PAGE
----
November elections are just around the corner and there are nine candidates vying for Wilmington City Council seats. encore reached out to each candidate to learn more about their reasons for running and their stance on local issues from short-term rentals and economic development, to public health and environmental preservation.
Meet Clifford D. Barnett Sr., candidate for Wilmington City Council.
encore (e): If you could give Wilmington City Council a letter grade for performance, what would it be and why?
Clifford Barnett (CB): I would give them a B.
The council has been seen to work together and has been a progressive group in moving the city forward. That said, growth and development have hit a new pace and too much agreement is not helpful in discussions of how much and how fast development should take place. I worry that the current council is not respecting the quality of life of Wilmington’s current citizens in a rush to grow. There is also not a balance of new jobs to provide salaries for the amount of housing and the strain on our roads is getting much worse.
e: Why run for City Council now?
CB: I think the city has reached a critical point in its growth. We are now well over 100,000 in population. We continue as a regional hub, but in a region that also has seen rapid growth. I believe if we do not address quality of life, equal opportunity and the opioid crisis now, it will become much harder and more expensive. We could wind up being a much less attractive, livable city. I think my experience will be helpful at this time.
e: What issues are most important to you and why?
CB: Improving opportunity for all to address the uneven impact of Wilmington’s growth, crime and drug use, especially the opioid crisis, job-training, preservation of green space and natural resources, affordable and available housing, transportation—especially with increasing congestion.
e: What is your position on short-term rentals and the B&Bs in historic downtown Wilmington?
CB: This is an issue that I will have to study further but I do understand the concern about private property rights and the use of private property. But that works both ways and the preservation of historic neighborhoods is and has been critical to Wilmington’s attraction and tourist industry. If short-term rentals are allowed to impact the residential and historic quality of our downtown neighborhoods, they will deteriorate. I would probably favor some restrictions on short-term rentals but would like to see some allowance for them.
e: What about public transit, such as better bus systems, trains and/or addition of bike lanes across ILM?
CB: I wholeheartedly support public transit, biking and walking trails like the Cross City Trail and feel it is critical that the city continue to fund WAVE and additional trails. It is one way, probably the cheapest, to get better use from our roads and ease congestion. I also support the city working to get passenger rail service to connect us to the rest of the state and the eastern U.S. I support the realignment of the rail for freight and the creation of a new streetcar/trolley route.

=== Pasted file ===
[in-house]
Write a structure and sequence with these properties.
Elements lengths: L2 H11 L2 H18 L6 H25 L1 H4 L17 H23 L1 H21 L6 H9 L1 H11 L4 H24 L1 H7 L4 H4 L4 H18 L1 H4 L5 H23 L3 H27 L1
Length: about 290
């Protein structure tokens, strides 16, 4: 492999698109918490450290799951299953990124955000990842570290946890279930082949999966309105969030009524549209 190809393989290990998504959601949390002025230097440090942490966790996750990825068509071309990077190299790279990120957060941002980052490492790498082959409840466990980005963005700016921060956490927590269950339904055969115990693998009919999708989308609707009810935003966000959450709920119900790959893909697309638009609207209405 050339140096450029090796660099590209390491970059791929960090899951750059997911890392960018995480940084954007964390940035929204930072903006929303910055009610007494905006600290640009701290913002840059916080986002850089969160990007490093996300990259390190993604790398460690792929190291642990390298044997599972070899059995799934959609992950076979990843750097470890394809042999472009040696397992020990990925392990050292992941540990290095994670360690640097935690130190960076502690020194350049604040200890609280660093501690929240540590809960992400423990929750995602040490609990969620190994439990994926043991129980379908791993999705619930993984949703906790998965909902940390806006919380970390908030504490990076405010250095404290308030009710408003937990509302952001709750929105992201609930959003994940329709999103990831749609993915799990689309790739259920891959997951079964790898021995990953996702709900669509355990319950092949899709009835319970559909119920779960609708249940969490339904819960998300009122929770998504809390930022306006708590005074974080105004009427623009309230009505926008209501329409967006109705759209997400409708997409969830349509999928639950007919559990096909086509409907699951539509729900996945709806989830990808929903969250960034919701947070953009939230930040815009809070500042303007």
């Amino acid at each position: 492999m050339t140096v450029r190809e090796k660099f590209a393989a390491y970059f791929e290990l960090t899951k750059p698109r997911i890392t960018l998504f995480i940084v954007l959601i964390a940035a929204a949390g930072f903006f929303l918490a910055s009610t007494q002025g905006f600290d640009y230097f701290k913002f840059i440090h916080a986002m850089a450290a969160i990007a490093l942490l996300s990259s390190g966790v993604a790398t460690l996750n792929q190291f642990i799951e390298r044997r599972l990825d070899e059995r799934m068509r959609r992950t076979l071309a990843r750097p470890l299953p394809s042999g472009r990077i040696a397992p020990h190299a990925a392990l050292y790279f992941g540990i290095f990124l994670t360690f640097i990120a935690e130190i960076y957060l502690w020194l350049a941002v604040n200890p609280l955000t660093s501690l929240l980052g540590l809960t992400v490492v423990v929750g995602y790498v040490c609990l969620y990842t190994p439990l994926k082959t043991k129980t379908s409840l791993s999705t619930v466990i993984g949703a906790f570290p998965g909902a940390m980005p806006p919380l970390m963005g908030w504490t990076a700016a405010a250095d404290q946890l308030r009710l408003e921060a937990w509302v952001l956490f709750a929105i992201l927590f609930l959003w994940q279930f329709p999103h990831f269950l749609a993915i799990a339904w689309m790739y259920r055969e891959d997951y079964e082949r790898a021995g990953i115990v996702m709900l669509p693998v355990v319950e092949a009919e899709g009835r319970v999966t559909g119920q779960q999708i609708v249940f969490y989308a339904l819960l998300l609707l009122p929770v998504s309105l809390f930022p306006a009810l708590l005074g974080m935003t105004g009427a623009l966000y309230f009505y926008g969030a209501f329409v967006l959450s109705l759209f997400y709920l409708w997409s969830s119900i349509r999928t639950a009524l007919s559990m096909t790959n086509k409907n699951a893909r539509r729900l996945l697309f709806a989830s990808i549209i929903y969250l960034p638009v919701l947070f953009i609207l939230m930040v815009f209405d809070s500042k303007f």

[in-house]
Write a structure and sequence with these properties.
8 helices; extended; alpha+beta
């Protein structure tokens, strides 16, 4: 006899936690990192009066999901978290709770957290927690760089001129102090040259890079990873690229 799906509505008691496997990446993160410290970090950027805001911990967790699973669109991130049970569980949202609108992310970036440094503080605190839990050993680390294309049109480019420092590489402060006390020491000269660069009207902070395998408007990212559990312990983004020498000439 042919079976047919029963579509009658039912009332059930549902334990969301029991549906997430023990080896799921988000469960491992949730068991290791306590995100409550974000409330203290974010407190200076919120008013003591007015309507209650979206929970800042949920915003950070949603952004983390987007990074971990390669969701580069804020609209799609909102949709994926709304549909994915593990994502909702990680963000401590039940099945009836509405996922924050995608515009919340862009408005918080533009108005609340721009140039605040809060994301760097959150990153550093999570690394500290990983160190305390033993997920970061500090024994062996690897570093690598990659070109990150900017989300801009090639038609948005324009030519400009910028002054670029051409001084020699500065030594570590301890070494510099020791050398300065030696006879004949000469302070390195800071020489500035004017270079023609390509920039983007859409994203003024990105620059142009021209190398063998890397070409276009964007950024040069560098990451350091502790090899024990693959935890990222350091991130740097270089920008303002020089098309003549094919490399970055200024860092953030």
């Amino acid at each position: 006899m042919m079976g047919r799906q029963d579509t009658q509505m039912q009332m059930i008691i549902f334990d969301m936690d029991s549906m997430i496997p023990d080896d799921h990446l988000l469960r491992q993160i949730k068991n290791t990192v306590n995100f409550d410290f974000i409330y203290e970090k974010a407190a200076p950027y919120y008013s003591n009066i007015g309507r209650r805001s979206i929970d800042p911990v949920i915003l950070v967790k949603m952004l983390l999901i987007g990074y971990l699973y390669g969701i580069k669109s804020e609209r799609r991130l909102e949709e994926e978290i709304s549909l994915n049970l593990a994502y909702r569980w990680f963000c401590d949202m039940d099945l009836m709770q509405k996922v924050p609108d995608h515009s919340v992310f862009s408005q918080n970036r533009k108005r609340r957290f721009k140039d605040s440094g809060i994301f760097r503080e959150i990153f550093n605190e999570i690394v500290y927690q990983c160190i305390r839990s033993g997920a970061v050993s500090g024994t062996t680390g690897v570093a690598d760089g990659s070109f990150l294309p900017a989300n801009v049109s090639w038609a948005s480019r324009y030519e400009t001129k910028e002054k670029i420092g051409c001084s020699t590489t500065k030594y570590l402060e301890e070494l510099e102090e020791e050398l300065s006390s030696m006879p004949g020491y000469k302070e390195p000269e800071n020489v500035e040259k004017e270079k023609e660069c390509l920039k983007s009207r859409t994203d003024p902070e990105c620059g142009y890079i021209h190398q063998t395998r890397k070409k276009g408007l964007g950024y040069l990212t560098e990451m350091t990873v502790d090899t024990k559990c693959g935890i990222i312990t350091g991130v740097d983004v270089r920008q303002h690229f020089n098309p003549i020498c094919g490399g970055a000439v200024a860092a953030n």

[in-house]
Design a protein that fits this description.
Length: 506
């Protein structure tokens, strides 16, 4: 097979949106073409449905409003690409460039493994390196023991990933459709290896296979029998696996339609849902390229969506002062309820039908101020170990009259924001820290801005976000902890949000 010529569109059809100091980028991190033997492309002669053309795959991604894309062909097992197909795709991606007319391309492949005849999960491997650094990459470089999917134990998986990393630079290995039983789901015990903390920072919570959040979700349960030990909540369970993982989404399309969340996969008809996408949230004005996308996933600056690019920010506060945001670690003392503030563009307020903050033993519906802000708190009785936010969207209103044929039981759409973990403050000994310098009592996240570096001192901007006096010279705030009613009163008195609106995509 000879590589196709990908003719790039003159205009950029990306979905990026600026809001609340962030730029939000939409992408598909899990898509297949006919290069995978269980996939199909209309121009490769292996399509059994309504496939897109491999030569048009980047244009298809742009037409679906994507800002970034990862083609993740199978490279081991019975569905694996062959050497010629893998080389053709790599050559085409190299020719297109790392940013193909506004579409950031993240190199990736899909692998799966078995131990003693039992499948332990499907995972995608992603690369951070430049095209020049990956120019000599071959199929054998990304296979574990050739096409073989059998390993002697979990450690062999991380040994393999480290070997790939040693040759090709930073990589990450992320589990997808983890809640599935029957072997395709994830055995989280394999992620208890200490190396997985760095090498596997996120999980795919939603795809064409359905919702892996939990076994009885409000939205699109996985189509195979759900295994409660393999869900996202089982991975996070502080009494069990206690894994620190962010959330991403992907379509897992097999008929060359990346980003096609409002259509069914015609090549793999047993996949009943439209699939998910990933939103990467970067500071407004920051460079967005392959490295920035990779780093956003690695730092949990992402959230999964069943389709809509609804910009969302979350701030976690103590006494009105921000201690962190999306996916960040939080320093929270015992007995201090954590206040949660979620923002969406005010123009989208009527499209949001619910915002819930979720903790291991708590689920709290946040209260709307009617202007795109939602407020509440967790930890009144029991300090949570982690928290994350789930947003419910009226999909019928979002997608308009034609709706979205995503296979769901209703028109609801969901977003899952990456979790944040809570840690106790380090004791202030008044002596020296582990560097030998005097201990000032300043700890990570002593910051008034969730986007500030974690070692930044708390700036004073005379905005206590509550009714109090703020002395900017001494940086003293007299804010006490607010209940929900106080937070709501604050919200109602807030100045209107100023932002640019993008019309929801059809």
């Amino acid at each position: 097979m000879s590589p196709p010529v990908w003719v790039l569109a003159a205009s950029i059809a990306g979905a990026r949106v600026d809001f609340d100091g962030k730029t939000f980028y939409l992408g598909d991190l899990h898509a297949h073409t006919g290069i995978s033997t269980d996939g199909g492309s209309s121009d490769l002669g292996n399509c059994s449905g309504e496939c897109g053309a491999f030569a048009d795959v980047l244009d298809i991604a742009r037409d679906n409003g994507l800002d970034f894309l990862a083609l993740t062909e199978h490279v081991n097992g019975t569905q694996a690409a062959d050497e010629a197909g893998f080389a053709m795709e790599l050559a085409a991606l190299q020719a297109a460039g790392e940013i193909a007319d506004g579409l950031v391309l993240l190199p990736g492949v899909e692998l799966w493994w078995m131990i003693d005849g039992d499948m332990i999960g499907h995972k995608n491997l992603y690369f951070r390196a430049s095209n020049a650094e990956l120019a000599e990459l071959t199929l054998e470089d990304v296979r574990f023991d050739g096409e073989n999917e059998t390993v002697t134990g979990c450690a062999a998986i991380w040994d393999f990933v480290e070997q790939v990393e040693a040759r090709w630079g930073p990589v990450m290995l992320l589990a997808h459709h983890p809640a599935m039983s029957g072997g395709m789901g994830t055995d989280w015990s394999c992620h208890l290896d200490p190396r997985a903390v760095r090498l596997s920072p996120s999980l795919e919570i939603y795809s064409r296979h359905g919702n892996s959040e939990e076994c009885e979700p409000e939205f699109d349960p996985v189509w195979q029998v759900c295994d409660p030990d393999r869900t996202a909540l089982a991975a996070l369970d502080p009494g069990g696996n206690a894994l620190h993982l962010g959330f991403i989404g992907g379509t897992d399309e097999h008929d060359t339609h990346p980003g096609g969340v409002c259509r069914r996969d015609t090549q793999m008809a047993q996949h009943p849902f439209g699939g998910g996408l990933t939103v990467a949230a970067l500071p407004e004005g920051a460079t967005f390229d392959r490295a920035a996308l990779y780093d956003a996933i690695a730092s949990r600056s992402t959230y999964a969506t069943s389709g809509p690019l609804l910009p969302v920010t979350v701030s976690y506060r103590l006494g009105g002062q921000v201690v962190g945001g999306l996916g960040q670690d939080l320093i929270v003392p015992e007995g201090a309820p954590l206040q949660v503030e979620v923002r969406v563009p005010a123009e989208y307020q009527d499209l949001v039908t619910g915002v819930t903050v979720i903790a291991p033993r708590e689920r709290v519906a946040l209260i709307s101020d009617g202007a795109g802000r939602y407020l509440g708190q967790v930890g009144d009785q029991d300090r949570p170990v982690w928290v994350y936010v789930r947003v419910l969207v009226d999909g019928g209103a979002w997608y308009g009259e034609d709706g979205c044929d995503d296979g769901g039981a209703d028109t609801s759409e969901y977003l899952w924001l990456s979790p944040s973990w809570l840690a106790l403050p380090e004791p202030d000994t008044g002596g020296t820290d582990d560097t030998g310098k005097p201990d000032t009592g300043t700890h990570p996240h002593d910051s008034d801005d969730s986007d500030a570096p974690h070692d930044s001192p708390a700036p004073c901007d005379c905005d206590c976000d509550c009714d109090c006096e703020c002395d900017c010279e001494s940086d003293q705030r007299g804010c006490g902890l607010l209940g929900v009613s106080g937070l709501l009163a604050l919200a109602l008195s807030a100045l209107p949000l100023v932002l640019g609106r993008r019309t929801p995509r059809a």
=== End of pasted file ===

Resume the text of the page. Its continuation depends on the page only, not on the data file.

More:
e: Per GenX, how is Wilmington City Council excelling in leadership throughout this ongoing crisis and how are they lacking?
CB: I think the city council has done nearly as much as they can. I would like to see their voices be louder and I will make sure mine is. But legally and legislatively, the council has limited capacity to influence the issue since CFPUA was created. It is also a state issue and that is where the legal ability to do something lies. We can only speak louder and more often.
e: If elected, what actions would you take or pursue to help our community move forward from this issue?
CB: As discussed above, as a council member, I will speak out loudly and often to try to convince the state and DEQ to address the problem with sufficient funds and oversight. If reasonable, I would support the city joining a lawsuit against Chemours on behalf of our citizens. I would look to the city attorney on this issue as well as other council members’ position.
e: Oil exploration continues to be pushed by some state leaders—where do you stand on this issue and what is Wilmington City Council’s role in protecting our community’s most vital environmental economic resource?
CB: The Wilmington City Council and other local coastal governments have clearly expressed more than once, their opposition to oil exploration off our coast. I wholeheartedly support those efforts and oppose oil exploration off our coast. I support more environmentally friendly sources of energy.
e: Are there community nonprofits, groups, or other organizations Wilmington City Council could or should be working with in order to tackle some of the major issues our city faces today (Opioid epidemic, GenX, clean air/water, etc)? If so, who and why?
CB: I believe the city has been very active in supporting and working with local organizations who are addressing the major issues. The current budget shows over $750,000 in support for these types of agencies. I would support the city continuing and increasing support for agencies that meet my concerns, such as LINC, Historic Wilmington Foundation, Cape Fear Housing Land Trust, Community Boys and Girls Club, Wilmington Area Rebuilding Ministry, other contracts/ grants/subsidies, Kids Making It, and Southside Community Development.